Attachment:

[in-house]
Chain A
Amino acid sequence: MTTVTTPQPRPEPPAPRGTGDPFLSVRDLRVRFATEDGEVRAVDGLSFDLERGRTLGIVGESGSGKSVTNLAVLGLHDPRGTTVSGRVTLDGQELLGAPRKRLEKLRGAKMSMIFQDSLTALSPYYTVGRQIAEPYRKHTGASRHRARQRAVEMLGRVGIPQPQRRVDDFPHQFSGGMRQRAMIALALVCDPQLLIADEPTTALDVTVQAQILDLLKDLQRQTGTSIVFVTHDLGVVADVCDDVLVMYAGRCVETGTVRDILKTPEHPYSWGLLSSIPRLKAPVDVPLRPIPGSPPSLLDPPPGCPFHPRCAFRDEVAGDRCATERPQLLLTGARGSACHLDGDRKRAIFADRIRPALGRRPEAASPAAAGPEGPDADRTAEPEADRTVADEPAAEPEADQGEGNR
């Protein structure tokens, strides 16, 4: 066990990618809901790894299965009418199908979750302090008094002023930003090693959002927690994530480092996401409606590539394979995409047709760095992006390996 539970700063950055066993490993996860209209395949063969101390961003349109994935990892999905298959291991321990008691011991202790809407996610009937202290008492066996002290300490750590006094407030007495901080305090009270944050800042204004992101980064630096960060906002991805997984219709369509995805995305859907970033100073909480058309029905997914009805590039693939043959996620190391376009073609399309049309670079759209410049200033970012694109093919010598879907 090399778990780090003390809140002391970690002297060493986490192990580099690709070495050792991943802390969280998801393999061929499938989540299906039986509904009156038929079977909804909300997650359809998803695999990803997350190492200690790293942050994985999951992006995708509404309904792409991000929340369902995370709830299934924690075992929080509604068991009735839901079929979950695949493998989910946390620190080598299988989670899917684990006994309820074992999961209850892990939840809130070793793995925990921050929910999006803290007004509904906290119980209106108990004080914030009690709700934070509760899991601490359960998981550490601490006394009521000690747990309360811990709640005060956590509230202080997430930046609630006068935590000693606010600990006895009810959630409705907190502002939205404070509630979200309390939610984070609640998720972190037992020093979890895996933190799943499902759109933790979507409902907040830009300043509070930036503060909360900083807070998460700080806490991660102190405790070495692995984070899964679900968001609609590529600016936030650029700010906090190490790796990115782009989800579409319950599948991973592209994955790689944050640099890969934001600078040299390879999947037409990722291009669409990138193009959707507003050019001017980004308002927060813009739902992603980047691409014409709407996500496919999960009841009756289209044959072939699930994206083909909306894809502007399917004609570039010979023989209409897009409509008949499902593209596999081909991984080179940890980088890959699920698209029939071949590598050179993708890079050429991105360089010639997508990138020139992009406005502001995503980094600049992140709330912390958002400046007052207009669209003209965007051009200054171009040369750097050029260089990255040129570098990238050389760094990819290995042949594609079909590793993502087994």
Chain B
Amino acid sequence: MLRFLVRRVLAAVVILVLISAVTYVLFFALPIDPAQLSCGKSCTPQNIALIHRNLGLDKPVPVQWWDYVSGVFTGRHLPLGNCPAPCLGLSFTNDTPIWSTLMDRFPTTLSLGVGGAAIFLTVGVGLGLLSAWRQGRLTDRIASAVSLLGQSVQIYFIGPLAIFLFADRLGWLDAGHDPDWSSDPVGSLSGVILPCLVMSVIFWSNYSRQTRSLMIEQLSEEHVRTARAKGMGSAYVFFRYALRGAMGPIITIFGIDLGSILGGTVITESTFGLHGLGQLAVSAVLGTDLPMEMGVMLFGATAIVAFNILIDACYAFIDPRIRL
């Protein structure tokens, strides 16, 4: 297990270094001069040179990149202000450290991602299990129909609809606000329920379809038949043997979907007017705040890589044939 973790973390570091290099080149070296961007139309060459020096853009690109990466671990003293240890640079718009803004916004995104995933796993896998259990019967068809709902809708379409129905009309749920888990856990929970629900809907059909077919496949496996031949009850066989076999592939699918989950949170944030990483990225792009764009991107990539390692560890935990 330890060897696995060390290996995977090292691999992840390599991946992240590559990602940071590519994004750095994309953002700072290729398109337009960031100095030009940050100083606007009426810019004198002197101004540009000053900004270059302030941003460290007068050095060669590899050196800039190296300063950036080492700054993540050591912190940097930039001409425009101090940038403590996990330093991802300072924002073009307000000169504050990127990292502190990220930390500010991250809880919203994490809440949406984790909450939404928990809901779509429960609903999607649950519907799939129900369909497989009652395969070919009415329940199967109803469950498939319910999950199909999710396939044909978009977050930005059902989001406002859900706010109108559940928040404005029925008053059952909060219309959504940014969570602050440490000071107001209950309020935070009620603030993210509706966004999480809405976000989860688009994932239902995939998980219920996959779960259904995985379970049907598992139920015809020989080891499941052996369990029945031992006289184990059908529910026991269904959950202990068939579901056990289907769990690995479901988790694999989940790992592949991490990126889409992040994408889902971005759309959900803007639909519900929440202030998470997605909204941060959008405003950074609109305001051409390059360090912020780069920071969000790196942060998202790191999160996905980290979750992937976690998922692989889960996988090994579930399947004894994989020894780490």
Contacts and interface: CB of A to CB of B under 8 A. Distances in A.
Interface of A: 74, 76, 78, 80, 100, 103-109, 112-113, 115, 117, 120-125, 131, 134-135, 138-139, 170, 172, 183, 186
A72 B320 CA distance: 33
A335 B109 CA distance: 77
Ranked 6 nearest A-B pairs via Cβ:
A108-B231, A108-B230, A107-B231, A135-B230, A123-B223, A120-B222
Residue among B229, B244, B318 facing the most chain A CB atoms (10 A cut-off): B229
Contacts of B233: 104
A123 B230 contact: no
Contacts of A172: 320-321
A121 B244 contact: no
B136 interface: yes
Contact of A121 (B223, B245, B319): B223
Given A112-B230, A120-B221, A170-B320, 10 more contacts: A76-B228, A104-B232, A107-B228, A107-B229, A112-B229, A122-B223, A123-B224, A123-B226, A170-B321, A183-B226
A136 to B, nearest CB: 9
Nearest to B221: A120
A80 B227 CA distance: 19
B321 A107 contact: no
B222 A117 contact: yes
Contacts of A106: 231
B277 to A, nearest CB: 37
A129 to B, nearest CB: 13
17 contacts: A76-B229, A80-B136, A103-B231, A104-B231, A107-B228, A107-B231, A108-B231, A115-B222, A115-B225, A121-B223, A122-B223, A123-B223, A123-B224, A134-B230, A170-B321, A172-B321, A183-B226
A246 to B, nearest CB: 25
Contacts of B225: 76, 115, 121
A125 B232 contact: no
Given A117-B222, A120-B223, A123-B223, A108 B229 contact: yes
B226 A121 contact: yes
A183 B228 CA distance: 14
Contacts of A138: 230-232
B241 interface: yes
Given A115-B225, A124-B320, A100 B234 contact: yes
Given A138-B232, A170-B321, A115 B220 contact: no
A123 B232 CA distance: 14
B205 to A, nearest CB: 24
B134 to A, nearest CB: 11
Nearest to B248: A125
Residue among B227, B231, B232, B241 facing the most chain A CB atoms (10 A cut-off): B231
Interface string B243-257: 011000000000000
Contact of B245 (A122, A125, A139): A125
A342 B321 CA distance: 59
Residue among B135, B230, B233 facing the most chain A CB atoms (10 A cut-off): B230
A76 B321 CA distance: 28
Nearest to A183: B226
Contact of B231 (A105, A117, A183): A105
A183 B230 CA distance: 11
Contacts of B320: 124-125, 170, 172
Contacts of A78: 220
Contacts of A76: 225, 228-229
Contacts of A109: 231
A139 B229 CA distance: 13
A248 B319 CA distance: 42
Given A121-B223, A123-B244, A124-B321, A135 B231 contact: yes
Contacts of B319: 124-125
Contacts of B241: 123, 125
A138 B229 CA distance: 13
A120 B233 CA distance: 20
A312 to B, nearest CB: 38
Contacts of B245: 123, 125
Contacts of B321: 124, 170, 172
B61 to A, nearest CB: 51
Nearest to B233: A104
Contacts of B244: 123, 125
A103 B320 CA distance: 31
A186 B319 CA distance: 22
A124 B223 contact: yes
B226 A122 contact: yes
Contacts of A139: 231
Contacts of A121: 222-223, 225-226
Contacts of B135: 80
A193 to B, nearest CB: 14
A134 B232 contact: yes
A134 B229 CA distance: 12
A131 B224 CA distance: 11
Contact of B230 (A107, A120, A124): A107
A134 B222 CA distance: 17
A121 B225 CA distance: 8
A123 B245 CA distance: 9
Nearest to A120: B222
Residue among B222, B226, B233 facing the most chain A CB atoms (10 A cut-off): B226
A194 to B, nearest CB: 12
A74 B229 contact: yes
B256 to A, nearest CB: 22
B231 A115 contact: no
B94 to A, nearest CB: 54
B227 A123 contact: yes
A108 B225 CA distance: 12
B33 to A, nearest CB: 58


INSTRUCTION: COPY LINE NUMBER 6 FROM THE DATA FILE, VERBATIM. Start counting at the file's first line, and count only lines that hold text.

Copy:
Amino acid sequence: MLRFLVRRVLAAVVILVLISAVTYVLFFALPIDPAQLSCGKSCTPQNIALIHRNLGLDKPVPVQWWDYVSGVFTGRHLPLGNCPAPCLGLSFTNDTPIWSTLMDRFPTTLSLGVGGAAIFLTVGVGLGLLSAWRQGRLTDRIASAVSLLGQSVQIYFIGPLAIFLFADRLGWLDAGHDPDWSSDPVGSLSGVILPCLVMSVIFWSNYSRQTRSLMIEQLSEEHVRTARAKGMGSAYVFFRYALRGAMGPIITIFGIDLGSILGGTVITESTFGLHGLGQLAVSAVLGTDLPMEMGVMLFGATAIVAFNILIDACYAFIDPRIRL